Kasey has been working in disability with Kirinari for 4 months having engaged with them through their newly introduced group interview process.

Year 12 was a struggle for her as she battled ill health and failed to get the support of her teachers.

With her mother a Team Leader with the organisation, Kasey has quickly gained a solid understanding of how things are done. 

Kasey is currently working across two Kirinari houses, one with behavioural issues and one independent living client.  She is gaining new insights into the requirements of support in very different environments.

She loves seeing the enjoyment her clients express when she takes them to their Day Program and then share the experience of new and exciting things with her. 

Her Team Leader has really supported Kasey in her development and is teaching her new things and new ways to do things which is adding extensively to her high level of job satisfaction. 

With a long-term goal of working in paediatric nursing, Kasey sees herself working in the sector for the foreseeable future and would love the opportunity to develop herself to become a Team Leader and she feels confident that Kirinari will support her to achieve this goal. 

Tips for CEOs and HR Managers

The following information was gathered through a conversation with young people (under 24 years of age), employed in various disability support roles at Kirinari in Wodonga, Victoria. It was facilitated by the Disability Workforce Innovation Connector team with support from Kirinari leaders.

Kirinari was identified for this investigation as they have been very successful in attracting young people to work in disability support roles. This summary, for intended leaders and HR Managers, aims to provide insights and information that can be translated into practical strategies. For example, tapping into a wider pool of potential employees and increasing the proportion of young people to better reflect the diversity of the customer base.

The young people who participated in the workshop were impressive individuals, coming from diverse backgrounds and each with a unique story to share. However, there were some common themes that emerged that may be helpful with the recruitment and retention of more young people in the disability workforce in Regional Victoria. These include:

1. Value proposition

The value proposition for young people working in Disability in Regional Victoria appears to include:

  • Forming real relationships.
  • Being able to make positive differences in people’s lives
  • Lots of variety, challenges and fun
  • Being paid to engage in social activities with customers. For example. Going shopping, participating in sporting activities, attending the movies, etc.
  • Access to lots of training and development opportunities, many during work hours
  • Plenty of “on the job” learning that may assist with future career roles and advancement
  • Flexible work hours with consideration for work-life balance
  • Opportunities to earn whilst studying for a qualification
  • Getting out, working outside the confines of the office and moving around
  • Working with interesting people and extending their circle of friends
  • Providing a job
  • Offering a career with visible role models who have progress within the organisation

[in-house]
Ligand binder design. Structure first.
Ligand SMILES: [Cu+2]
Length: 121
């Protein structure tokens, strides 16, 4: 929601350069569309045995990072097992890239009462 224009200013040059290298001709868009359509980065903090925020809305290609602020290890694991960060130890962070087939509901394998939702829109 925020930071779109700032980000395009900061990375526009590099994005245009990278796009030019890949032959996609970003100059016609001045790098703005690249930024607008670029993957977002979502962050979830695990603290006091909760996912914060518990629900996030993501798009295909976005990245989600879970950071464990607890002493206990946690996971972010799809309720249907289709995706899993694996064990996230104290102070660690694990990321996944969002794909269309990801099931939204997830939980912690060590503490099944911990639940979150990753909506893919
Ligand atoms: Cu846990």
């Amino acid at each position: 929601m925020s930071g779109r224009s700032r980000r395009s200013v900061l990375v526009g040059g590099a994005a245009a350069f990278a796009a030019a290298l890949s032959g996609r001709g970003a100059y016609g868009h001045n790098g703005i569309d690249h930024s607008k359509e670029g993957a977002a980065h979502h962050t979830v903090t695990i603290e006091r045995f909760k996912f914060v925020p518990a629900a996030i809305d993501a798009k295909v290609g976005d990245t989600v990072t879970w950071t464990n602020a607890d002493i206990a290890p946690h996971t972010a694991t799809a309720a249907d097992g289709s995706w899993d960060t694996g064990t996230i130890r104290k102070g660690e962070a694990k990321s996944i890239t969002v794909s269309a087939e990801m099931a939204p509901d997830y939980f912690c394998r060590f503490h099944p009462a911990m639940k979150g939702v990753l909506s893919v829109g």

2. Sourcing and attraction

Make the attraction and recruitment process welcoming and easy

Managers welcoming new job seekers and making the recruitment process seem easy is important. The young people often commented that the job interview process was friendly and in no way intimidating - more like a conversational “get to know you” as opposed to a formal interview.

Recognise workers strengths and facilitate career progression opportunities

Common themes included that managers welcomed them personally, recognised and acknowledged their potential, assisted to minimise barriers whilst both encouraging and facilitating their decision to work with Kirinari. They talked about the ways in which managers helped them build on their strengths and how they found themselves progressing to become team leaders, supervisors and other roles such as roster administration and people and culture leader.

Share stories through social media and encourage word of mouth

It was evident that word of mouth and social media play a very important role in recruiting young people. Being active and effective on social media platforms is a way of spreading an understanding of the range of roles available and the career opportunities. Helping workers know what they can share about their work experiences whilst respecting privacy of their clients was seen as helpful.

Make the Job opportunities visible locally

The availability of local employment was an important factor for a number of the young people who shared their work stories. A number had had difficulty finding any work in their area.

2. Retention

Key themes supporting the reasons why young people continued to work in disability included:

  • positive workplace culture
  • managers and staff constantly conveying and promoting a friendly, quite social atmosphere
  • managers were genuinely interested in each individual
  • encouragement and support provided, particularly when young people were not sure what the work actually entailed or needed skills to deal with behaviours of concern
  • opportunities for both professional and personal development and career progression
  • opportunities to meet people
Contact information

For more information contact Dianne Hardy, Disability Workforce Innovation Project Lead, 0436 820 088, submit enquiry/feedback